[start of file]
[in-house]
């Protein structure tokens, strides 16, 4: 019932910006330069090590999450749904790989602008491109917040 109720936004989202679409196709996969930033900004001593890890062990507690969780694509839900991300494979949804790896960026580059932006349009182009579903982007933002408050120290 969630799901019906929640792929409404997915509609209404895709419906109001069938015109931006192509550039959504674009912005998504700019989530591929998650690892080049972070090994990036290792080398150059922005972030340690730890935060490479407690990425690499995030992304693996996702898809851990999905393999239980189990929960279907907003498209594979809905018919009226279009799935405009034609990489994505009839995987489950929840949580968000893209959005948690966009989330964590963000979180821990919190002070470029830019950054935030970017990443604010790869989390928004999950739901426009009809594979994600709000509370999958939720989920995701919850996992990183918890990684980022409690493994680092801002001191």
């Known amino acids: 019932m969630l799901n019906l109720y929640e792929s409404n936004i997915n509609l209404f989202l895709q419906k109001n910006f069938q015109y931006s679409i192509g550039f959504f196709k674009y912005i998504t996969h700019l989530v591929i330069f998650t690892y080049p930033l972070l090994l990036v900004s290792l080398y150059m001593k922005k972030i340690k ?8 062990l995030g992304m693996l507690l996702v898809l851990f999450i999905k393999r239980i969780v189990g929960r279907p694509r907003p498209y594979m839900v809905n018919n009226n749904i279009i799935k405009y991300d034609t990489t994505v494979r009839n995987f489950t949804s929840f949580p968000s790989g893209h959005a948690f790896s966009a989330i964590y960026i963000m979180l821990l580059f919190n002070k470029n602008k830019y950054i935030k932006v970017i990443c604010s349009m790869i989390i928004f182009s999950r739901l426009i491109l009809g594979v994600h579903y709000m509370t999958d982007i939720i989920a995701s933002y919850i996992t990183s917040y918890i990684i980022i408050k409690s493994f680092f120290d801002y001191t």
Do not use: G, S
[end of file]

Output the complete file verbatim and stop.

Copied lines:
[in-house]
């Protein structure tokens, strides 16, 4: 019932910006330069090590999450749904790989602008491109917040 109720936004989202679409196709996969930033900004001593890890062990507690969780694509839900991300494979949804790896960026580059932006349009182009579903982007933002408050120290 969630799901019906929640792929409404997915509609209404895709419906109001069938015109931006192509550039959504674009912005998504700019989530591929998650690892080049972070090994990036290792080398150059922005972030340690730890935060490479407690990425690499995030992304693996996702898809851990999905393999239980189990929960279907907003498209594979809905018919009226279009799935405009034609990489994505009839995987489950929840949580968000893209959005948690966009989330964590963000979180821990919190002070470029830019950054935030970017990443604010790869989390928004999950739901426009009809594979994600709000509370999958939720989920995701919850996992990183918890990684980022409690493994680092801002001191």
């Known amino acids: 019932m969630l799901n019906l109720y929640e792929s409404n936004i997915n509609l209404f989202l895709q419906k109001n910006f069938q015109y931006s679409i192509g550039f959504f196709k674009y912005i998504t996969h700019l989530v591929i330069f998650t690892y080049p930033l972070l090994l990036v900004s290792l080398y150059m001593k922005k972030i340690k ?8 062990l995030g992304m693996l507690l996702v898809l851990f999450i999905k393999r239980i969780v189990g929960r279907p694509r907003p498209y594979m839900v809905n018919n009226n749904i279009i799935k405009y991300d034609t990489t994505v494979r009839n995987f489950t949804s929840f949580p968000s790989g893209h959005a948690f790896s966009a989330i964590y960026i963000m979180l821990l580059f919190n002070k470029n602008k830019y950054i935030k932006v970017i990443c604010s349009m790869i989390i928004f182009s999950r739901l426009i491109l009809g594979v994600h579903y709000m509370t999958d982007i939720i989920a995701s933002y919850i996992t990183s917040y918890i990684i980022i408050k409690s493994f680092f120290d801002y001191t």
Do not use: G, S